Pears seem to be the fruit underdog when so many of us think about fruit desserts. As a little girl, I remember picking pears off of Grandpa's pear tree and the fruit would be so juicy. The first BIG bite would have pear juice running down my chin on my shirt and down my arm. I would end up sticky but happy; unless there were bees close by.
When baking with any fruit, one problem coming to mind is the fruit juice making the bottom crust soggy. To remedy this problem, sprinkle a dusting of cookie, cake or bread crumbs under the filling, keeping the dough from getting soggy.
Bosc pears are the best choice for this pastry. The pear holds its' shape when baked and does not give off as much juice as other varieties, such as Comice or Anjou.
Generally, strudel is made with a thin pastry, but using puff pastry is also a fast and delicious alternative; unless you make the puff pastry from scratch. I bought puff pastry premade =)
This recipe makes 6 to 8 servings and is delicious! The Pear Strudel with Puff Pastry is an adaptation from the Kaffehaus cookbook by Rick Rodgers.
3 firm-ripe Bosc pears, peeled, cored and cut into 1/2-inch cubes
1 T. golden rum (I used Bacardi golden rum)
1 T. fresh lemon juice
Grated zest of 1/2 lemon
1/3 c. sugar
optional: 1/3 c. raisins (I did not add)
1 t. ground cinnamon
1 sheet of puff pastry
1/2 c. cookie, cake, or dried bread crumbs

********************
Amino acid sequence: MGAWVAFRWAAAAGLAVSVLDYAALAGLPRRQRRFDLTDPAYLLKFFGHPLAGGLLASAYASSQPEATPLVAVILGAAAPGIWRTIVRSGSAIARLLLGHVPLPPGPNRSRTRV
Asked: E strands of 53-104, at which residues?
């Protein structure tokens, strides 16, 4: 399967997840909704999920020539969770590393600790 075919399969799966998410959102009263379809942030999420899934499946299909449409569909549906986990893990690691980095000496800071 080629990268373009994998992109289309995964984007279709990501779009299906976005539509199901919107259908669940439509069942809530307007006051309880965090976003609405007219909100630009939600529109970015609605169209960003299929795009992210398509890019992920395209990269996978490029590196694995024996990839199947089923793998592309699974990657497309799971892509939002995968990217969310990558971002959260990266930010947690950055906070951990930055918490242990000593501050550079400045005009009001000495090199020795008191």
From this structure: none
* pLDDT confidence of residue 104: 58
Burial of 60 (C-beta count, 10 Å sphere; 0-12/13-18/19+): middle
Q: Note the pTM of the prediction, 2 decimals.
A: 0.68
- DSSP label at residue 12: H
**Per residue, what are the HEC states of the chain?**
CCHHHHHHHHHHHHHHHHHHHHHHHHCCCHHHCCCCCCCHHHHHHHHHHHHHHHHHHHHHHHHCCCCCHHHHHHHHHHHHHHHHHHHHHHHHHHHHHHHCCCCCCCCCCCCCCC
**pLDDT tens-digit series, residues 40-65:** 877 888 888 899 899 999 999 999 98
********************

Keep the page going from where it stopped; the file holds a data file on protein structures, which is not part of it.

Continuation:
1 large egg, beaten, for brushing
1/3 c. sliced almonds for sprinkling over the top
Position a rack in the center of the oven and heat to 375 degrees F. Line a large sheet with parchment paper.
Toss the pears, rum, lemon juice, and zest in a medium bowl. Mix in the sugar, (optional) raisins, and cinnamon.
Roll out the dough to a 16 x 10-inch rectangle on a lightly floured surface, with the long side facing you. Sprinkle the crumbs in a lengthwise, 3-inch-wide strip down the center of the dough. Heap the pear mixture over the crumbs, leaving a 3/4-inch border at the short ends. Fold the top and bottom of the pastry over to cover the pears with a 1/2-inch overlap, brushing the area under the overlap with beaten egg, and pressing the edges of the dough together to seal. Transfer the roll to the baking sheet, seam side down, curving the roll into a gentle horseshoe shape. Fold the ends under the roll. Freeze for 15 minutes.
Brush the top of the toll with the egg and sprinkle with sliced almonds. Bake until crisp and golden brown, about 40 minutes. Serve warm or cook to room temperature.